For most Medicare beneficiaries, enrollment into Part A is done automatically. In fact, you will be automatically enrolled in both Part A and B if you get benefits from Social Security or the Railroad Retirement Board. Suppose you are eligible for Medicare because of a disability. In that case, you will be automatically enrolled once you have received disability benefits from Social Security or the RRB for 24 months. If you have ALS (Amyotrophic Lateral Sclerosis), you will also be automatically enrolled during the same month your disability benefits start.
If you are automatically enrolled, you will get a “Welcome to Medicare” package that will arrive three months before you turn 65. You will receive your Medicare card in this package. You will also receive a booklet, which is highly recommended that you read through. You will need to decide if you want to stay enrolled in Part B, if you want prescription drug coverage, and if you want a Medicare Supplement plan to go alongside your Original Medicare coverage.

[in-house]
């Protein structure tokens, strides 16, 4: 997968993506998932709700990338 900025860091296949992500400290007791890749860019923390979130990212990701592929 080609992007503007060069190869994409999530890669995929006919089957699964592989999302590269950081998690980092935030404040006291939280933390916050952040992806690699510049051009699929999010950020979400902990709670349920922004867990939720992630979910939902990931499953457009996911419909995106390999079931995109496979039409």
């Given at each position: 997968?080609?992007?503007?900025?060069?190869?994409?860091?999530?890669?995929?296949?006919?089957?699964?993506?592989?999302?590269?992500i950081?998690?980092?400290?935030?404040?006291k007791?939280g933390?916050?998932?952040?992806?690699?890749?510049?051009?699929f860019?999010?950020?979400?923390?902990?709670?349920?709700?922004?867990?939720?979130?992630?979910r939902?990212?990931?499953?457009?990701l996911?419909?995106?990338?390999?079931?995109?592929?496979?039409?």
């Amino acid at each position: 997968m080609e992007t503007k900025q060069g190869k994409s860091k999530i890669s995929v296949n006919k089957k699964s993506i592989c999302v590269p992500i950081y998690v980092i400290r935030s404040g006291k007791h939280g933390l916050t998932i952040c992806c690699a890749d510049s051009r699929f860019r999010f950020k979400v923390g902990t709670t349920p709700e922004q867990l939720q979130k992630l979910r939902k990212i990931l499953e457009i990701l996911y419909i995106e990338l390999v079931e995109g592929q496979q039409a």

If you choose to stay enrolled in Part A but not Part B, you may have to pay a late enrollment penalty on top of your Part B premium when you decide to enroll in it later. However, most beneficiaries receive premium-free Part A, meaning they do not have to pay a monthly premium for this part if they are automatically enrolled or have paid Medicare taxes while working for at least ten years. Suppose you are not eligible for premium-free Part A. In that case, you will have to sign up for Part A during the Initial Enrollment Period.
As of 2021, if you are required to pay a premium for Part A, you will either pay $259 or $471 each month. Part A also has a deductible for each benefit period, which is $1,484.